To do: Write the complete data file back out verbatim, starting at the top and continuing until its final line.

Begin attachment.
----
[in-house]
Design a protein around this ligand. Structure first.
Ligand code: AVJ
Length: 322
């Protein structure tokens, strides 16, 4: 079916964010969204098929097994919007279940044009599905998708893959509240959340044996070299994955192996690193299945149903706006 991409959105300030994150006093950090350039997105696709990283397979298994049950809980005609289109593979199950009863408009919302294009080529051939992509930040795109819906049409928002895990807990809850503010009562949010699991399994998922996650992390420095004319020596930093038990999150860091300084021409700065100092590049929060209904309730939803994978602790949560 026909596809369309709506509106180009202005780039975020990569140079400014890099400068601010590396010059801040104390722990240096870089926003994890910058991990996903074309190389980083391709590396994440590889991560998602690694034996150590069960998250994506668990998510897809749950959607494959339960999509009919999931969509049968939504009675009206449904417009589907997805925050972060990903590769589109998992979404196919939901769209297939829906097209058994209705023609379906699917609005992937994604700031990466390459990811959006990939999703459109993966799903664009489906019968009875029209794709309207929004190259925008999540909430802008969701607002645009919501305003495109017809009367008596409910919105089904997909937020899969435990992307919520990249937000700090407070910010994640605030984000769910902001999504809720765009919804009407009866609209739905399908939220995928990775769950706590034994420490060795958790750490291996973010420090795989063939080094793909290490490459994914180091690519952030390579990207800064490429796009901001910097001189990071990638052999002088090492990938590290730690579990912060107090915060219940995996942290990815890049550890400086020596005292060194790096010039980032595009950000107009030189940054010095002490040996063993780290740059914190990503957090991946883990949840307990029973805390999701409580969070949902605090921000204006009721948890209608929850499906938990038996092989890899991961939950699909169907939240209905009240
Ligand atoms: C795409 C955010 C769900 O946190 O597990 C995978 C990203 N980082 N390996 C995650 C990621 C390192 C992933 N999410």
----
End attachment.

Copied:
[in-house]
Design a protein around this ligand. Structure first.
Ligand code: AVJ
Length: 322
């Protein structure tokens, strides 16, 4: 079916964010969204098929097994919007279940044009599905998708893959509240959340044996070299994955192996690193299945149903706006 991409959105300030994150006093950090350039997105696709990283397979298994049950809980005609289109593979199950009863408009919302294009080529051939992509930040795109819906049409928002895990807990809850503010009562949010699991399994998922996650992390420095004319020596930093038990999150860091300084021409700065100092590049929060209904309730939803994978602790949560 026909596809369309709506509106180009202005780039975020990569140079400014890099400068601010590396010059801040104390722990240096870089926003994890910058991990996903074309190389980083391709590396994440590889991560998602690694034996150590069960998250994506668990998510897809749950959607494959339960999509009919999931969509049968939504009675009206449904417009589907997805925050972060990903590769589109998992979404196919939901769209297939829906097209058994209705023609379906699917609005992937994604700031990466390459990811959006990939999703459109993966799903664009489906019968009875029209794709309207929004190259925008999540909430802008969701607002645009919501305003495109017809009367008596409910919105089904997909937020899969435990992307919520990249937000700090407070910010994640605030984000769910902001999504809720765009919804009407009866609209739905399908939220995928990775769950706590034994420490060795958790750490291996973010420090795989063939080094793909290490490459994914180091690519952030390579990207800064490429796009901001910097001189990071990638052999002088090492990938590290730690579990912060107090915060219940995996942290990815890049550890400086020596005292060194790096010039980032595009950000107009030189940054010095002490040996063993780290740059914190990503957090991946883990949840307990029973805390999701409580969070949902605090921000204006009721948890209608929850499906938990038996092989890899991961939950699909169907939240209905009240
Ligand atoms: C795409 C955010 C769900 O946190 O597990 C995978 C990203 N980082 N390996 C995650 C990621 C390192 C992933 N999410």